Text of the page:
As reported by The Hartford Courant, January 3, 2006.

As You Sleep, Your Brain Keeps Working

By Susan Campbell

Think of the possibilities: You're heading to Munich in a month, and you want to learn German. There's no time for classes, but if you can play language tapes that promise to teach you while you sleep, you can effectively accomplish seven or eight hours each night.

You'll be brilliant, the envy of everyone.

And you'd be dreaming. Or, rather, you should be dreaming, and not trying to cram while sleeping. Those seductive ads that promise that you can learn while you sleep are bogus. Sleep involves specific brain activity that circumvents the processing of new information. So if you're trying to learn a new language, cram for a test, or learn any new skill, better to study during the day, and then just sleep on it.

"If it sounds too good to be true, it probably is," said Edward O'Malley, director of Norwalk Hospital Sleep Disorders Center. "We all think we're super-duper beings, but none of it's true. We're all biological beings with biological limits. Until we can grow extra heads and extra brains, that is what we can expect."

In fact, our one, single brain performs amazing stuff, even at rest. A recent study from Beth Israel Deaconess Medical Center shows that MRI scans reveal brain regions shifting dramatically during sleep, almost like the brain is working to store memory efficiently. Because of this storage, upon awakening the subject is able to recall newly learned tasks quicker and more accurately. So the connection between sleeping and learning is huge - but researchers say sleeping augments learning. It doesn't facilitate it. (And this isn't just for humans. Similar brain studies show that rats who've been trained to run tracks do so in their heads during sleep, and zebra finches replay songs while sleeping - possibly to store them in memory.)

During sleep, the brain goes through several periods of activity, including REM sleep, or rapid eye movement, when dreams occur. The older the sleeper, the less amount of REM sleep needed. In deep sleep - sometimes called delta sleep - brain cells begin to fire in concert. Think of it as millions of football fans doing the wave around a stadium. To interrupt that with, say, a language tape, is to ask the brain to change tracks and perform a completely different activity.

"There's a point where brain waves change, and where it takes a greater-than-normal stimulus to get someone's attention," said Daniel McNally, medical director at the Sleep Disorders Center at UConn Health Center. For people who play nighttime tapes, "they're having a light and fragmented sleep and during that light and fragmented sleep, it's not a good thing." The brain can neither process the new information, nor store information collected during the day.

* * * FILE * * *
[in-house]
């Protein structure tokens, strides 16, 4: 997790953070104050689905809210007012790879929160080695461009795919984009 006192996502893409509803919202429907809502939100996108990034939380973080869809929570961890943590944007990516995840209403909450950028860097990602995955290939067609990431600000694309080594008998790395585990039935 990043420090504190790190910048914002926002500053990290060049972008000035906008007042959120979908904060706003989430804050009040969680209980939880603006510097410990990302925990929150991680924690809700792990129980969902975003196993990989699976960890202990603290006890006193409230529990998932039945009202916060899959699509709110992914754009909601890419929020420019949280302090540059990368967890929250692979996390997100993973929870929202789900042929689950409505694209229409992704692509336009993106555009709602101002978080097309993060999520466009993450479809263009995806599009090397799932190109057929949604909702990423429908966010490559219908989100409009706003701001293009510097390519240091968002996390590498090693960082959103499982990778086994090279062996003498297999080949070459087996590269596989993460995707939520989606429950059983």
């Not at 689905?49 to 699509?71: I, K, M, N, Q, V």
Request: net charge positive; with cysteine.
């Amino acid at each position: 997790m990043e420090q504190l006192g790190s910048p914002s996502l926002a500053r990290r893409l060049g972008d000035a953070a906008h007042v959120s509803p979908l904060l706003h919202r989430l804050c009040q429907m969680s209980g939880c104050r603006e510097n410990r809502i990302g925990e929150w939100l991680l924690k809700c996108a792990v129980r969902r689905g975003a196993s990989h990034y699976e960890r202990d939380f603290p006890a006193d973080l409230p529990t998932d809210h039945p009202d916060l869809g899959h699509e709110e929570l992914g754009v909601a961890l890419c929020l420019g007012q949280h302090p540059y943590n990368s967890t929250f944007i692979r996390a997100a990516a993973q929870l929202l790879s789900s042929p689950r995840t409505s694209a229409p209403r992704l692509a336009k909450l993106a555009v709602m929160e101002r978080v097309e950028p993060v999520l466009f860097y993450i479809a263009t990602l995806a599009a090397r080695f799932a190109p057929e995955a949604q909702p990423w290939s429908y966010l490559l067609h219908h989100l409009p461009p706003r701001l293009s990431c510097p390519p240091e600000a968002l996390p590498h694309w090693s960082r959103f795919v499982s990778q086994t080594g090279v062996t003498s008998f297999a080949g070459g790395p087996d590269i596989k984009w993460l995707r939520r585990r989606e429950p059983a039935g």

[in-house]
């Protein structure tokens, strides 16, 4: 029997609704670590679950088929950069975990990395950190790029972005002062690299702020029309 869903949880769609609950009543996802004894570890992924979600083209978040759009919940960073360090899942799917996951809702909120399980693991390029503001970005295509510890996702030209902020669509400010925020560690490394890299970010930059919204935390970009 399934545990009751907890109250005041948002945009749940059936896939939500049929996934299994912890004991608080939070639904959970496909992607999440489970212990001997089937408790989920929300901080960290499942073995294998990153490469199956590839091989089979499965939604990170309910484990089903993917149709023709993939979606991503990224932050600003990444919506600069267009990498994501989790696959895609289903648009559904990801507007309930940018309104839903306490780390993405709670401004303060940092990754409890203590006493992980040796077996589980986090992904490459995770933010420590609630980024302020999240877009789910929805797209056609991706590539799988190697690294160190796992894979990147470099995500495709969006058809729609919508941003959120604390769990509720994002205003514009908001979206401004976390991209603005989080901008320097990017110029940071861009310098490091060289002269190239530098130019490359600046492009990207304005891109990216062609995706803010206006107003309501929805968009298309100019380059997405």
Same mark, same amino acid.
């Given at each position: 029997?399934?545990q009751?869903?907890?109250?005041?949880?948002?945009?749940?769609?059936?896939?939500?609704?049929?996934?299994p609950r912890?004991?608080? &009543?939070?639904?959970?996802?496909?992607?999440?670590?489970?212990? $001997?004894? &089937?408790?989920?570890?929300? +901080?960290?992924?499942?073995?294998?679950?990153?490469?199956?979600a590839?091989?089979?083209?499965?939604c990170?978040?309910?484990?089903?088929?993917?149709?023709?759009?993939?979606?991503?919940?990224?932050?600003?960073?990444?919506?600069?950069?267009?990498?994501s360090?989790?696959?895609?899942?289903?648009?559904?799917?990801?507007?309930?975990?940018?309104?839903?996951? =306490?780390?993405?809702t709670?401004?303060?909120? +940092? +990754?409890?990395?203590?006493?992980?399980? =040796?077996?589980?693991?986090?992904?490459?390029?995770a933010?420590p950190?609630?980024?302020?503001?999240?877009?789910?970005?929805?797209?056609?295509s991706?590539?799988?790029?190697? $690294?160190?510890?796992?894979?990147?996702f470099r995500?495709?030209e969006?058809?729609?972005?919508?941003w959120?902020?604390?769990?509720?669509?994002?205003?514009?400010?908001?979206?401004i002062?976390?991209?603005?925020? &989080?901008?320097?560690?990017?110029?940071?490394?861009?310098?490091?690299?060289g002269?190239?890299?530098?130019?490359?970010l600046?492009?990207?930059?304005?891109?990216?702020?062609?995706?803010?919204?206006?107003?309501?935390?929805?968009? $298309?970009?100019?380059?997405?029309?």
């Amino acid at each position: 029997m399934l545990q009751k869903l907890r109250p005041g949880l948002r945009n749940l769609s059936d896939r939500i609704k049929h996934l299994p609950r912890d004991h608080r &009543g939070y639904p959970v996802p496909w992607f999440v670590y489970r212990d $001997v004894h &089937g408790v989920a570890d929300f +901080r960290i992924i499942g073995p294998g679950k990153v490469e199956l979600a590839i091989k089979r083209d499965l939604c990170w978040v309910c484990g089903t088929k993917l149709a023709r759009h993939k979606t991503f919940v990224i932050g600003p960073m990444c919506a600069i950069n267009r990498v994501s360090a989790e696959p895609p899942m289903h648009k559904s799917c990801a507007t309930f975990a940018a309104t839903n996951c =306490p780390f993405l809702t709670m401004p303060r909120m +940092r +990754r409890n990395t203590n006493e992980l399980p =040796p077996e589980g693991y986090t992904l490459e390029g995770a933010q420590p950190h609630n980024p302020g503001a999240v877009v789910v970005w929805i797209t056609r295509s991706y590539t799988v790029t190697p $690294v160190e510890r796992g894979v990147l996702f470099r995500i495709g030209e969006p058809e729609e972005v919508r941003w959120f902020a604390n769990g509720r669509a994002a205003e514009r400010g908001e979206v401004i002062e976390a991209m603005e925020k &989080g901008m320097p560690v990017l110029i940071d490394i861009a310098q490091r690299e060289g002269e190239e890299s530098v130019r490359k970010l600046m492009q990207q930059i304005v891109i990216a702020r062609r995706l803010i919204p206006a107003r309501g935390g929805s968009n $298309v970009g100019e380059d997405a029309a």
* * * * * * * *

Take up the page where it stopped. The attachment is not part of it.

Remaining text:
For example, McNally suggests thinking of the evenings you've fallen asleep in front of the television. The average sleeper will wake up at 2 or so, groggy and vaguely sick to his or her stomach. Yet McNally said UConn has clients who leave the television on because they insist they need background noise to fall asleep.

"But while it's on, the odds are there are more arousals, more awakenings, and the brain's reacting to the noises," said McNally.

But if the brain at rest isn't able to absorb new information, the brain approaching rest can, said O'Malley.

"Where this all comes from and why it's been this sort of persistent urban myth is that during the twilight stage, when you're drifting in and out of sleep, you're in a data state, a state in which you do have some awareness," said O'Malley. "Your fact-checking mechanism is off-line, and you absorb information quite readily."

But that twilight time lasts only a few minutes - or seconds, depending on the level of tiredness.

On the other hand, according to the National Sleep Foundation, lack of sleep impairs the ability to pay attention, communicate, think, and it affects mood, among other things. Some tasks - rule-based or logical, in particular - may not be as affected by sleep deprivation. But daytime learning is enhanced by sleep, said Asher Qureshi, director of St. Francis Hospital and Medical Center's Sleep Disorders Center.

"Let's say I'm trying to memorize three sentences while I'm awake, and then during REM sleep, my brain will consolidate the memory," said Qureshi. "Even 10 years from now, we can recall them without any problems. Like when you're learning a new address, for the first couple of days you have difficulty, but after a while it's automatic."

"That's the nifty part," said McNally. "People are always asking, `Why do we need sleep,' and if we can point to something sleep really does, as opposed to sleep keeping you from being tired - a negative side - then they're more excited. You need sleep."